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D2. Hyperspace Jump (hard)
time limit per test
3 seconds
memory limit per test
256 megabytes
input
standard input
output
standard output

It is now 125 years later, but humanity is still on the run from a humanoid-cyborg race determined to destroy it. Or perhaps we are getting some stories mixed up here... In any case, the fleet is now smaller. However, in a recent upgrade, all the navigation systems have been outfitted with higher-dimensional, linear-algebraic jump processors.

Now, in order to make a jump, a ship's captain needs to specify a subspace of the d-dimensional space in which the events are taking place. She does so by providing a generating set of vectors for that subspace.

Princess Heidi has received such a set from the captain of each of m ships. Again, she would like to group up those ships whose hyperspace jump subspaces are equal. To do so, she wants to assign a group number between 1 and m to each of the ships, so that two ships have the same group number if and only if their corresponding subspaces are equal (even though they might be given using different sets of vectors).

Help Heidi!

Input

The first line of the input contains two space-separated integers m and d (2 ≤ m ≤ 30 000, 1 ≤ d ≤ 5) – the number of ships and the dimension of the full underlying vector space, respectively. Next, the m subspaces are described, one after another. The i-th subspace, which corresponds to the i-th ship, is described as follows:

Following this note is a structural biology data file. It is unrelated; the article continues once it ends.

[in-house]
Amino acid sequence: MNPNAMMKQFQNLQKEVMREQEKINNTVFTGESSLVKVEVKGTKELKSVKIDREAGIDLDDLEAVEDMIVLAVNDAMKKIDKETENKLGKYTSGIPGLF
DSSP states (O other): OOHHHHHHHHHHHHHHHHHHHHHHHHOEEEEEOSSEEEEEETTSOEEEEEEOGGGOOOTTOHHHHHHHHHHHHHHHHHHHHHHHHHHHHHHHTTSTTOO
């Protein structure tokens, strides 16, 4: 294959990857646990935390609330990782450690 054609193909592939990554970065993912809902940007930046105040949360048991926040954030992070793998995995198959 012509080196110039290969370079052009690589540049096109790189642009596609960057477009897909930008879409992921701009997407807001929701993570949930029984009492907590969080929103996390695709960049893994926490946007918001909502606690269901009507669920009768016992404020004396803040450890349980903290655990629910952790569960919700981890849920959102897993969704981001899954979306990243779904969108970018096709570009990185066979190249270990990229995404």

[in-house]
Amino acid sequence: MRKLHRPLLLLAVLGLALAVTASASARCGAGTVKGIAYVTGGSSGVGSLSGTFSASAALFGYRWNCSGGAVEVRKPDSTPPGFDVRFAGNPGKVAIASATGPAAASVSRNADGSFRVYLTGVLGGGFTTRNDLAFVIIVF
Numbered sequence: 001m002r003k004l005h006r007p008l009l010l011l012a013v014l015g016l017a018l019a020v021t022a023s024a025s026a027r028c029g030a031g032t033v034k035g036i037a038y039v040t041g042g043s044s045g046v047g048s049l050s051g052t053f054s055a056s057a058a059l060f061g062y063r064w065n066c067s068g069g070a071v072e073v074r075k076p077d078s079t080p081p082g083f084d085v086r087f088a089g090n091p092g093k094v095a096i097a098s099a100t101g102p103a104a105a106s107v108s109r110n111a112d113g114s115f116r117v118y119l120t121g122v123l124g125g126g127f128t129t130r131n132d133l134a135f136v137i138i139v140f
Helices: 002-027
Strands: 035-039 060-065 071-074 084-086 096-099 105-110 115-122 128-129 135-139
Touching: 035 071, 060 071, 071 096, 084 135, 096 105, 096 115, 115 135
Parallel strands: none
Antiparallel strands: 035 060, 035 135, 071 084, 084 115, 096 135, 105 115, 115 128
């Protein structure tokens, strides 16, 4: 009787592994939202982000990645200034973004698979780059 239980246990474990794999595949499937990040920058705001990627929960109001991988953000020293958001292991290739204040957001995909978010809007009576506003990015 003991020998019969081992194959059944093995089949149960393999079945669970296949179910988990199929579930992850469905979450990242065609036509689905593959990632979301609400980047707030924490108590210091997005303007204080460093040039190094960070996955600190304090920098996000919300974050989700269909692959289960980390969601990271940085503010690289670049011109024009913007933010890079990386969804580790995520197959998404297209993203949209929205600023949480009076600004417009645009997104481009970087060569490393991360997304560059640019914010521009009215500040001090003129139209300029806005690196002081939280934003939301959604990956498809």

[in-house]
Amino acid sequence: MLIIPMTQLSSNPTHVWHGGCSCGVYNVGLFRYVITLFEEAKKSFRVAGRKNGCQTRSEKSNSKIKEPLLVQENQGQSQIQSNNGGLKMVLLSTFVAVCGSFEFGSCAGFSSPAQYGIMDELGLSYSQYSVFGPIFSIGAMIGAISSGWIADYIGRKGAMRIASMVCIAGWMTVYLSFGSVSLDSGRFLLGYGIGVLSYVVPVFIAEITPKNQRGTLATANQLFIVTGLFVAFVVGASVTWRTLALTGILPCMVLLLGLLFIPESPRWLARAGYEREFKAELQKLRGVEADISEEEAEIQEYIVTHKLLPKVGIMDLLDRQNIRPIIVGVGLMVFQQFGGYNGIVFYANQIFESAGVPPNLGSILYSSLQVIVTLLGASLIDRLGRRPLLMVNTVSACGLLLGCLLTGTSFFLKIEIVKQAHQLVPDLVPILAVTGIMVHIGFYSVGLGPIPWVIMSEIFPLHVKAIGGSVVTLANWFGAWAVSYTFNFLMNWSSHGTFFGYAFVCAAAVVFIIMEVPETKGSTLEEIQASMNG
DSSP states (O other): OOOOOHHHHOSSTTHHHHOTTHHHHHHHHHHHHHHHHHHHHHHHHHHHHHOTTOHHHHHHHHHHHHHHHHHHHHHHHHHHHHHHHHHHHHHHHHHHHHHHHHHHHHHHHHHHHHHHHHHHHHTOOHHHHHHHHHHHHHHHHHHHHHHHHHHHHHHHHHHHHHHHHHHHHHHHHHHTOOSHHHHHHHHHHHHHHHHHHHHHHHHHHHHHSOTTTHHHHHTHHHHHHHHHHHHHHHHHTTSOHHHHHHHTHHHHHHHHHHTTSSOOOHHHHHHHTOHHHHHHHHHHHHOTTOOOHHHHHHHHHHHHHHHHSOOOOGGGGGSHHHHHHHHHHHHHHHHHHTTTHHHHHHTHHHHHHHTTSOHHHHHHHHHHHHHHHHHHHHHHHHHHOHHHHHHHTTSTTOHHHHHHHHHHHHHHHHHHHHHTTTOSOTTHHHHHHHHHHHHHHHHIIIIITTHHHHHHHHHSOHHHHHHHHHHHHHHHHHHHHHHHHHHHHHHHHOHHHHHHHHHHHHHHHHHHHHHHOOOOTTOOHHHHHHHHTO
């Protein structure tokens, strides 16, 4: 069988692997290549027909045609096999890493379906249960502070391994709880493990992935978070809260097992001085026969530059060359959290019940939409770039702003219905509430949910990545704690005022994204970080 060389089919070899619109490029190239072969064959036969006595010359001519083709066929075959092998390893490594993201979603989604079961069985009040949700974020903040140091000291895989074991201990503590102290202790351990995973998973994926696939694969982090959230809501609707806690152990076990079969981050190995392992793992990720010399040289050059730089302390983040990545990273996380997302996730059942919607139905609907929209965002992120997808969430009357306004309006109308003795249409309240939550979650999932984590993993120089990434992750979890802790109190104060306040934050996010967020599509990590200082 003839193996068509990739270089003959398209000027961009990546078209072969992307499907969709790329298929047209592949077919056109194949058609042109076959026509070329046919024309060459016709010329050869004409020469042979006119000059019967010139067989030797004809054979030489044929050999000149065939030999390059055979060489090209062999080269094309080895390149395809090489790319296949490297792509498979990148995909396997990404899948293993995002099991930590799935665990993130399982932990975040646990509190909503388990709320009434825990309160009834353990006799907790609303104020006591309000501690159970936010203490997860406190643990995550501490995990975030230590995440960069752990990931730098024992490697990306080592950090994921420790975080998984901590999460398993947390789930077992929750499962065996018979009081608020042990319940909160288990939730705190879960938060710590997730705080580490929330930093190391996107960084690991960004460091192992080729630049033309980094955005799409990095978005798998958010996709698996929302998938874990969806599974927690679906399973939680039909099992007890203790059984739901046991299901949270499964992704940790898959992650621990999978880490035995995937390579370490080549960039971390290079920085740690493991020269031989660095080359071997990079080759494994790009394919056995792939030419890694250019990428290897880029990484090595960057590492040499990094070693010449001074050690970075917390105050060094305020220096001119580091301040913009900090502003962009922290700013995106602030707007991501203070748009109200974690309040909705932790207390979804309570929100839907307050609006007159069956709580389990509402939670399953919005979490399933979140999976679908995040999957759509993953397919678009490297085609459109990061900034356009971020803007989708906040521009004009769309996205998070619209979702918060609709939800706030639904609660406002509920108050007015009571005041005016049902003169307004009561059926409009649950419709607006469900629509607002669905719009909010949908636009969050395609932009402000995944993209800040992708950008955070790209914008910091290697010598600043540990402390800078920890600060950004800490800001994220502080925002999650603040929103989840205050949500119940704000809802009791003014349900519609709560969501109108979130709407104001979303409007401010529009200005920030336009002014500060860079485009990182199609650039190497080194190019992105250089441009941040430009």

The first line contains one integer ki (1 ≤ ki ≤ d). Then ki lines follow, the j-th of them describing the j-th vector sent by the i-th ship. Each of the j lines consists of d space-separated integers aj, j = 1, ..., d, that describe the vector ; it holds that |aj| ≤ 250. The i-th subspace is the linear span of these ki vectors.

Output

Output m space-separated integers g1, ..., gm, where denotes the group number assigned to the i-th ship. That is, for any 1 ≤ i < j ≤ m, the following should hold: gi = gj if and only if the i-th and the j-th subspaces are equal. In addition, the sequence (g1, g2, ..., gm) should be lexicographically minimal among all sequences with that property.

Example
Input
8 2
1
5 0
1
0 1
1
0 1
2
0 6
0 1
2
0 1
1 0
2
-5 -5
4 3
2
1 1
0 1
2
1 0
1 0
Output
1 2 2 2 3 3 3 1 
Note

In the sample testcase, the first and the last subspace are equal, subspaces 2 to 4 are equal, and subspaces 5 to 7 are equal.

Recall that two subspaces, one given as the span of vectors and another given as the span of vectors , are equal if each vector vi can be written as a linear combination of vectors w1, ..., wk (that is, there exist coefficients such that vi = α1w1 + ... + αkwk) and, similarly, each vector wi can be written as a linear combination of vectors v1, ..., vn.

Recall that a sequence (g1, g2, ..., gm) is lexicographically smaller than a sequence (h1, h2, ..., hm) if there exists an index i, 1 ≤ i ≤ m, such that gi < hi and gj = hj for all j < i.